Friday, 23 February 2018

Book #08

Murder in Little Shendon by A.H. Richardson

Picture, if you will, a picturesque village called Little Shendon, suddenly caught up in dealing with a murder of one of its citizens - not a particularly well-liked one at that. Which makes it all the more intriguing because the list of suspects becomes very long. This tantalizing tale unfolds with delightful twists and turns to find out whodunit to Mr. Bartholomew Fynche, the murdered shopkeeper. Fear grips the community as the investigation slowly progresses. Everyone is interviewed; everyone is suspect.

This is a charming, endearing, and classic whodunnit murder mystery. Set in a quaint English village, a local owner of a second-hand shop is bopped over the head in the first chapter. Enter the stiff upper lip investigators who quickly whittle the list of subjects down to pretty much everyone in the village. 

As we’re introduced to each character, it becomes clear that each of them held some sort of grudge against the victim. It’s impossible to discern at first glance which of them it could possibly be, and it really takes someone with their wits about them to work it out before the finale. You’ll be pleased to know your faithful narrator actually did have the acumen to solve this one ahead of time.

Although each of the characters were well-defined, and beautifully typical of this little post-war community, I found it difficult to keep track of their grievances against the deceased. Most of the reasons were financial, and with so many in the frame it became quite a task to remember how they had been wronged.

Richardson skilfully uses alternating points of view in order to hone our detective skills and create a bit of tension. There are many secrets, many unknown relationships, and a good few clues and red herrings littered throughout the pages that you truly feel empowered to make the call.

I found this to be lovely quick read, not too mentally jarring, and the setting was gorgeously depicted. Should this become a series, I would be more than interested in reading the successors. 

Wednesday, 21 February 2018

Book #07

A Dance With Dragons II: After the Feast by George R.R. Martin


The future of the Seven Kingdoms hangs in the balance.

In King’s Landing the Queen Regent, Cersei Lannister, awaits trial, abandoned by all those she trusted; while in the eastern city of Yunkai her brother Tyrion has been sold as a slave. From the Wall, having left his wife and the Red Priestess Melisandre under the protection of Jon Snow, Stannis Baratheon marches south to confront the Boltons at Winterfell. But beyond the Wall the wildling armies are massing for an assault…

On all sides bitter conflicts are reigniting, played out by a grand cast of outlaws and priests, soldiers and skinchangers, nobles and slaves. The tides of destiny will inevitably lead to the greatest dance of all. 

I thought this series was going to take me months to conquer, but rattling through seven mammoth novels in seven weeks is just testament to Martin’s skill. His pace, his tension, and his maddening plotlines have quickened my reading speed and my heart, and have led me to forego less important elements in my life, such as family, friends, and keeping my house clean. Maybe now I can return to some shadow of normality.

In the beginning, I was completely overwhelmed by this complex saga; now, I find myself an expert on hundreds of characters, main players or otherwise, their motivations, their relationships to each other, their vendettas, their love. It’s still overwhelming, but I feel so close to it, so fidgety to know the rest of their stories.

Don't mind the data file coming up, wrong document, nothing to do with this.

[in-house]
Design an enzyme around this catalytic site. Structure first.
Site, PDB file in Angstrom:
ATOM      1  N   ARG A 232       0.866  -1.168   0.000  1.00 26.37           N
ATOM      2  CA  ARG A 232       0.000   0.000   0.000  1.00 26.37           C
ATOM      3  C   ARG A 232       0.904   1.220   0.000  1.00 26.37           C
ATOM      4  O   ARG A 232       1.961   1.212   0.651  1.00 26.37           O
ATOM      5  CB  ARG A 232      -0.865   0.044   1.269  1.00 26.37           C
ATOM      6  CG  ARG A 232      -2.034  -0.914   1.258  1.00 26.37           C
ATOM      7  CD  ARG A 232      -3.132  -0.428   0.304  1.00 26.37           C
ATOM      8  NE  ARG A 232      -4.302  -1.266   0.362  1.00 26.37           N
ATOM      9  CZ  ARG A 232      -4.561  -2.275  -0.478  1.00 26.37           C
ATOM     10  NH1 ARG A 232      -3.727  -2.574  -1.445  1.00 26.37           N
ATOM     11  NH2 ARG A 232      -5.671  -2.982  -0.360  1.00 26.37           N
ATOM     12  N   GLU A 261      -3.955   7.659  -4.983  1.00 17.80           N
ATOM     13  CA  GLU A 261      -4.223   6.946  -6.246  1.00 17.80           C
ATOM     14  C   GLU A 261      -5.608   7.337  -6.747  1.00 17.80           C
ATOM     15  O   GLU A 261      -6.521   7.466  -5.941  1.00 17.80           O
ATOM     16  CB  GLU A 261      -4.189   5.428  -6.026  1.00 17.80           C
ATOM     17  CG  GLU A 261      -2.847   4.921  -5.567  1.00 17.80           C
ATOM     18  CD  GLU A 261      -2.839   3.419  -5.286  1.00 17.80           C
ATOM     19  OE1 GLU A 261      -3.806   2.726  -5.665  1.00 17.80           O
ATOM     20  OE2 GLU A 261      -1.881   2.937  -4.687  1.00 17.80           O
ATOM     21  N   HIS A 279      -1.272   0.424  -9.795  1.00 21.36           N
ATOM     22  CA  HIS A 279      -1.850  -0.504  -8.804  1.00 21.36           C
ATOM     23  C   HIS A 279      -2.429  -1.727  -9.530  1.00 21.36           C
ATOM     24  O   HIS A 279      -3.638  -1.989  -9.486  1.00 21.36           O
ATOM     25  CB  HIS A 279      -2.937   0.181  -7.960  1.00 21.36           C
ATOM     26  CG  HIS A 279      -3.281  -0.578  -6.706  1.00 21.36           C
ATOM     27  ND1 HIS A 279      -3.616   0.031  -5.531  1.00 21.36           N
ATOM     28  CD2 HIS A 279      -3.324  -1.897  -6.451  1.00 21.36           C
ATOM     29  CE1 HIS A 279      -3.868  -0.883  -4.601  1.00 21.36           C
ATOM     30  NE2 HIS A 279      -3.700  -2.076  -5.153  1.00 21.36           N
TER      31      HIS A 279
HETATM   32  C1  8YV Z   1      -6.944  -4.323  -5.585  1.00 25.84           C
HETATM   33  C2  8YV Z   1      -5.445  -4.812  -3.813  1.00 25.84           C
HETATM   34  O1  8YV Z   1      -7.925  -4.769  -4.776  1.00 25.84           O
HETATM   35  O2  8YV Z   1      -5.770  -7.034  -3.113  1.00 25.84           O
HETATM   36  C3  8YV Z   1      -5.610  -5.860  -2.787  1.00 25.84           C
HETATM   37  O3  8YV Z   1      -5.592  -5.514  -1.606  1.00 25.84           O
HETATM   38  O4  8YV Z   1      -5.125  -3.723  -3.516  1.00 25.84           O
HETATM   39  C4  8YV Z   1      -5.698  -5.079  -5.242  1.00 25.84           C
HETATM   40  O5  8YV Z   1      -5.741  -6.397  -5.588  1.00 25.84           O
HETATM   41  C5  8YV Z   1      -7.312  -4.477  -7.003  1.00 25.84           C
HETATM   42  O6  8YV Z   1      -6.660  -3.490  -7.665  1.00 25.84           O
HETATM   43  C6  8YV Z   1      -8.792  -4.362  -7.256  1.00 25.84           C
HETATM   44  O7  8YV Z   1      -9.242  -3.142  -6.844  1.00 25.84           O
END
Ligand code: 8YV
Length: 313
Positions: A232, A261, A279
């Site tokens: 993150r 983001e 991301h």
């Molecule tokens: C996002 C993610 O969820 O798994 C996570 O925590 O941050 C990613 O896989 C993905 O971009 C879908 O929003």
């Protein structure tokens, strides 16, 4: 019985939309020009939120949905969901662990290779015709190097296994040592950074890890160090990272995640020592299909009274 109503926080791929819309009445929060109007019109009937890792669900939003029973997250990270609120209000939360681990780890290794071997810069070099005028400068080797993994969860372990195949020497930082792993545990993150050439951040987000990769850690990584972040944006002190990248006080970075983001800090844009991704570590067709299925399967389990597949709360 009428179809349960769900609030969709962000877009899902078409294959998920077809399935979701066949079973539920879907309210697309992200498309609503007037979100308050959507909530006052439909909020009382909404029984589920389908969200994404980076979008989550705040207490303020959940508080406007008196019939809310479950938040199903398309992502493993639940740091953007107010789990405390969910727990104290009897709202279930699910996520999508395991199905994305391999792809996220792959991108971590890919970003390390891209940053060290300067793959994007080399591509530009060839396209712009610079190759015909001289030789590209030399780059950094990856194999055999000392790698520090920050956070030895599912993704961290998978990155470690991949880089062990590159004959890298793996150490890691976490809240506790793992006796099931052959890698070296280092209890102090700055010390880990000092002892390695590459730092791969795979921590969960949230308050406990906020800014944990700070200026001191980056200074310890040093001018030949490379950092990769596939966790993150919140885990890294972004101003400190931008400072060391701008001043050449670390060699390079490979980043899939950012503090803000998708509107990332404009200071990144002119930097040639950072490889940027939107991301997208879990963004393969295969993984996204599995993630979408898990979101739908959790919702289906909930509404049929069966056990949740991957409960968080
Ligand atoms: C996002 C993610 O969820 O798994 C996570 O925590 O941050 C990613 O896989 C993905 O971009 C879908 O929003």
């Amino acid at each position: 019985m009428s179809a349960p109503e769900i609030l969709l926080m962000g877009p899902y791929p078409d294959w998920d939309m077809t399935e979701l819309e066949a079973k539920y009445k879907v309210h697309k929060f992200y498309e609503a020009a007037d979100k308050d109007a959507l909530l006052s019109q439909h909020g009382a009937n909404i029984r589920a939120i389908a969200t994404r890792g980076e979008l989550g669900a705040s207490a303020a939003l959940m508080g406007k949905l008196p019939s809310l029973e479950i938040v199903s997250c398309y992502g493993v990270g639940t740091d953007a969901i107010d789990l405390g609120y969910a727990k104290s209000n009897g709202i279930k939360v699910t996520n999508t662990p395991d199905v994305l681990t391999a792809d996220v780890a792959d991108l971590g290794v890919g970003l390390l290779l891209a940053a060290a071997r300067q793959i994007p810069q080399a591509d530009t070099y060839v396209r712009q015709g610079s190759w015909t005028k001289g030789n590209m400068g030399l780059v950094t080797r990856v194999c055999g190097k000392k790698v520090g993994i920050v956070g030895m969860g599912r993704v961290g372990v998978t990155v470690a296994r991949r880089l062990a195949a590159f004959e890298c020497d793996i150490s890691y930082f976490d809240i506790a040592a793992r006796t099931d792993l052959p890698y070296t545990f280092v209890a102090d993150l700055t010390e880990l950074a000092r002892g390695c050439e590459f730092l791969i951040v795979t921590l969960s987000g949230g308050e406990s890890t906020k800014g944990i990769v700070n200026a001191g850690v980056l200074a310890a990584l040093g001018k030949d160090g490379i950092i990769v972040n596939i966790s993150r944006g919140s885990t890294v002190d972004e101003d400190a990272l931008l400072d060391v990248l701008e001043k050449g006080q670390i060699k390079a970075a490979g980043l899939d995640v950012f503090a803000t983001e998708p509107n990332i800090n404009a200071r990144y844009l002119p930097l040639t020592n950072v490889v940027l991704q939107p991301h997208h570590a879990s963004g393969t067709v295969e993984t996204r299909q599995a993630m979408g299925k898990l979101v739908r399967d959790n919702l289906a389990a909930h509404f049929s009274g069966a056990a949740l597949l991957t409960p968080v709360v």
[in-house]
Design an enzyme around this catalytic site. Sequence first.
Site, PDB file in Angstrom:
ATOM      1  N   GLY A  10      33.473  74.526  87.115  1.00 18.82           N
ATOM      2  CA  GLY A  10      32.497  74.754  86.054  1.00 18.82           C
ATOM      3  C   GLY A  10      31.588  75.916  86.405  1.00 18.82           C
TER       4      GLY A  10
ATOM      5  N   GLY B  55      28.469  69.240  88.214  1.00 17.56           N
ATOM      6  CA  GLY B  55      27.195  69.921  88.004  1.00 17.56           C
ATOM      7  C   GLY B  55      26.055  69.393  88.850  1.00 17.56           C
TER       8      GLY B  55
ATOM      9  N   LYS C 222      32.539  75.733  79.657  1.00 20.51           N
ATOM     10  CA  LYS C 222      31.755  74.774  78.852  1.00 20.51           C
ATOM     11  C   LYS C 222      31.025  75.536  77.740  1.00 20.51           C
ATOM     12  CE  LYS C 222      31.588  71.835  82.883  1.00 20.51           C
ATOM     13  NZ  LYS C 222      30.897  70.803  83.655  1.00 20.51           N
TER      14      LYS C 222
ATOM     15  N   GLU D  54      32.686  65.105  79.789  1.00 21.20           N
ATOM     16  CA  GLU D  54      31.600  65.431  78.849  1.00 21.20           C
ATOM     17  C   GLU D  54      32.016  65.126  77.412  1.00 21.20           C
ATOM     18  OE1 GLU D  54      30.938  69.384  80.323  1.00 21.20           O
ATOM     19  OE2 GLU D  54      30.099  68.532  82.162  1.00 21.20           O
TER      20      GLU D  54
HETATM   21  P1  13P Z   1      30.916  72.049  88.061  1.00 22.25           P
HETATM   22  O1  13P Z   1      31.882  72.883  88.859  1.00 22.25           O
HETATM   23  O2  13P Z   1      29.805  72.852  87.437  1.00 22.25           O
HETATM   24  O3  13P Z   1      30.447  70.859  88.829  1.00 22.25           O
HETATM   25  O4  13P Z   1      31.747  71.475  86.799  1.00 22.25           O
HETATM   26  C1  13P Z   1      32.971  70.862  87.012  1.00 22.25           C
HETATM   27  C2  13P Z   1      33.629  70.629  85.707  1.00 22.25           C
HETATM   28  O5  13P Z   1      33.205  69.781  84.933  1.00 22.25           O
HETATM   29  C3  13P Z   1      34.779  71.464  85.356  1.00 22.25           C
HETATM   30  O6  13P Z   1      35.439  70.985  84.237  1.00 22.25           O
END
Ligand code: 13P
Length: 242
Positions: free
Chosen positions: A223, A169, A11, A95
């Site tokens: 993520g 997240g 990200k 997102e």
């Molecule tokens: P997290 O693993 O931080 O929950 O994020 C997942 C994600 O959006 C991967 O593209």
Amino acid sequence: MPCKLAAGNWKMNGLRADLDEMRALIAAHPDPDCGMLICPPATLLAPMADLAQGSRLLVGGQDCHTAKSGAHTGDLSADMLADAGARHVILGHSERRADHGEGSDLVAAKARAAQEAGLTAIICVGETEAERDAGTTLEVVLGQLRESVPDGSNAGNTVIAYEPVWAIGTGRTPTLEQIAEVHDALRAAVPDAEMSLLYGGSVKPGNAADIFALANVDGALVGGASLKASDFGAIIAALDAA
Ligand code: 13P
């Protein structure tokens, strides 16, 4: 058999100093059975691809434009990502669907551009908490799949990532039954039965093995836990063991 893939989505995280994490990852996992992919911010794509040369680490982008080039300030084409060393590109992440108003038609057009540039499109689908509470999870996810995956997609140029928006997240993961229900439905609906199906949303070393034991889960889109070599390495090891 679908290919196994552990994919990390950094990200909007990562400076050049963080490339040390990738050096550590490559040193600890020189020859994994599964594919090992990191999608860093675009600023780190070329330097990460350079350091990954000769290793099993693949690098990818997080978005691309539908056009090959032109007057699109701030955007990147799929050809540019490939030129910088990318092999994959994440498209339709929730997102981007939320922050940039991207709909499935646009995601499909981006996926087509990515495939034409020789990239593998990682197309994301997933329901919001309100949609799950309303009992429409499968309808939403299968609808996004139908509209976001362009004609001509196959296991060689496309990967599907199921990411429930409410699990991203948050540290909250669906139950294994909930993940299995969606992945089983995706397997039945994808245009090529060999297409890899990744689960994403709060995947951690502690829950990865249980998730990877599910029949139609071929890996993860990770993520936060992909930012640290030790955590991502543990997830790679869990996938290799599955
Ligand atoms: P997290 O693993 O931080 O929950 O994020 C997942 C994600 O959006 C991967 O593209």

The final volume was far more engaging than some of its wandering predecessors; I smashed it in mere days. Some sections involved deliciously murderous, knuckle-biting, badass types of shockery, and I was living for it all.

Fire and blood, snow and swords, corpses, sorcerers, traitors, turncloaks – I have relished them throughout this journey. The foreshadowing, the symbols; so delectable that I believe I’m shock it’s all over (for now).  The best of all in this series is that there is no battle between good and evil. Everyone we meet is twisted, everyone is out to achieve their own gain, and the most delicious part is understanding why. Honour, vengeance, coin, faith, pride – whichever it was, Martin made us both love and hate his characters in equal measure. It seemed no one was above slicing a few guts out to advance – and it was gorgeous.

One complaint: if someone said “as useless as nipples on a breastplate” one more time, I was going to scream. How can everyone in this novel, no matter where they originate from, or which demographic they represent, have the same patter?

Now I join the other fans in waiting for Winds of Winter. Sources suggest this has been in the making for eight years already, so I can only hope I don’t have too long to wonder what’s happening in Westeros. Eight years, though – GRRM, get off your arse.

Friday, 16 February 2018

Book #06

A Dance with Dragons I: Dreams and Dust by George R.R. Martin


In the aftermath of a colossal battle, new threats are emerging from every direction.
Tyrion Lannister, having killed his father, and wrongfully accused of killing his nephew, King Joffrey, has escaped from King’s Landing with a price on his head.
To the north lies the great Wall of ice and stone – a structure only as strong as those guarding it. Eddard Stark's bastard son Jon Snow has been elected 998th Lord Commander of the Night’s Watch. But Jon has enemies both inside and beyond the Wall.
And in the east Daenerys Targaryen struggles to hold a city built on dreams and dust. 

After finishing A Feast for Crows, I was looking forward to seeing all of the characters that volume missed out. Jon, Tyrion, and Dany featured once more, and it was great to see how they have developed and matured after some of the situations they found themselves in when we last saw them.